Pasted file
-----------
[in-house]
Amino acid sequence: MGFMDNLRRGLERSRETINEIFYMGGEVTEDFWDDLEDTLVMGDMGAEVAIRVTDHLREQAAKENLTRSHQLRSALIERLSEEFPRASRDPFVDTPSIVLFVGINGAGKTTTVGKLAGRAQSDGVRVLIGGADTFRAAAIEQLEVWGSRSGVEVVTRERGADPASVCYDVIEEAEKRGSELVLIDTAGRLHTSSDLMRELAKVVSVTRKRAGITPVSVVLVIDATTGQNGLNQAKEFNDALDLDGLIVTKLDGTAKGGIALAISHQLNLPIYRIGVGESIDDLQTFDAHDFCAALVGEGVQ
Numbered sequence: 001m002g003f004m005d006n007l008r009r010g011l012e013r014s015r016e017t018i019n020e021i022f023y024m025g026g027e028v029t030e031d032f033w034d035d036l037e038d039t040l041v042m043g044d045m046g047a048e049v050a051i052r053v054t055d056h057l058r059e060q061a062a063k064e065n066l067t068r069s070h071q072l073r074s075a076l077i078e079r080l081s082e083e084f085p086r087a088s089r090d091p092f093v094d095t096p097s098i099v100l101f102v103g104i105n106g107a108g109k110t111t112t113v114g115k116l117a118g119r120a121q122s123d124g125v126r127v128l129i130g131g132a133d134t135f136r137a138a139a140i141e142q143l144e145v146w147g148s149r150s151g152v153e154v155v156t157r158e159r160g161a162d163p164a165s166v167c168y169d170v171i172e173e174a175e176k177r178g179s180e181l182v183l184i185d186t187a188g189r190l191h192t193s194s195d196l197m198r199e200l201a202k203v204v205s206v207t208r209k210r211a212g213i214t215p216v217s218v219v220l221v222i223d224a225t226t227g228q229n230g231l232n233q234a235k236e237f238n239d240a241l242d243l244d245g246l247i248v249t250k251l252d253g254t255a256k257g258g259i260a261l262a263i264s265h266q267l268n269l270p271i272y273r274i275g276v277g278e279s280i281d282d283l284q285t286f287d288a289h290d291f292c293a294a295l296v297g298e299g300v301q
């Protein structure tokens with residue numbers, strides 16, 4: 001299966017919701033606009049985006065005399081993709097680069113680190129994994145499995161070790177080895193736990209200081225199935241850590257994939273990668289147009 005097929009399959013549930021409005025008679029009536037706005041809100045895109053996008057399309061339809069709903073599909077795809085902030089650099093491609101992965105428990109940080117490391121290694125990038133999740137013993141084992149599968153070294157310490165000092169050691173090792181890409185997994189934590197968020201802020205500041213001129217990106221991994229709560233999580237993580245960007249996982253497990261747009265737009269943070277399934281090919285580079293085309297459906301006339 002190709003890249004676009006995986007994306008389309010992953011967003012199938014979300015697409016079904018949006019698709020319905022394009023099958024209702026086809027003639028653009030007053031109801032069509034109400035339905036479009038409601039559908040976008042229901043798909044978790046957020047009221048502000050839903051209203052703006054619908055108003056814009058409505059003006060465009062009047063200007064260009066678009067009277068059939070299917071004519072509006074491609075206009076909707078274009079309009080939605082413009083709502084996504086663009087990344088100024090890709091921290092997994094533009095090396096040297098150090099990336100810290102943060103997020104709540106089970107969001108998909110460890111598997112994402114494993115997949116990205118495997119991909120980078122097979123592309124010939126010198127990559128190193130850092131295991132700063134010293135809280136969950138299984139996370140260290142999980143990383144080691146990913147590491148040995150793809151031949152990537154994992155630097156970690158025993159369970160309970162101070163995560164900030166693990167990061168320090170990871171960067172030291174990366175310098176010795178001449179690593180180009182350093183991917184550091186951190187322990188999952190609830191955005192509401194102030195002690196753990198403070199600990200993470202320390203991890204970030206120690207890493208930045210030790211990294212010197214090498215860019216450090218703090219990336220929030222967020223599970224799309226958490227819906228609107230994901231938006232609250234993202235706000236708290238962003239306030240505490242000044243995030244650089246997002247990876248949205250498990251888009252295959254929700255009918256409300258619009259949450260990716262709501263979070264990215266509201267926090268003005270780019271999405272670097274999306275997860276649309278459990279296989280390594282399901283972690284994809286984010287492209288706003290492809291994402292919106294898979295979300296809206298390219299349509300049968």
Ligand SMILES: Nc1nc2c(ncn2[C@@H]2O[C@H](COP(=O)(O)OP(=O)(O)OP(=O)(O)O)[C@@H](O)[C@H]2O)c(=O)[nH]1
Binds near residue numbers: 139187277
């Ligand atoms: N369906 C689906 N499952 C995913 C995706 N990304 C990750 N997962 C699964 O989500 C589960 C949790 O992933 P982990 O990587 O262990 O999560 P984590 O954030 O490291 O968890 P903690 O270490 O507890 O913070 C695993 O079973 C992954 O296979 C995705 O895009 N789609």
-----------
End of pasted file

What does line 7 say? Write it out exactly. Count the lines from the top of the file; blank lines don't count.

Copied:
């Ligand atoms: N369906 C689906 N499952 C995913 C995706 N990304 C990750 N997962 C699964 O989500 C589960 C949790 O992933 P982990 O990587 O262990 O999560 P984590 O954030 O490291 O968890 P903690 O270490 O507890 O913070 C695993 O079973 C992954 O296979 C995705 O895009 N789609």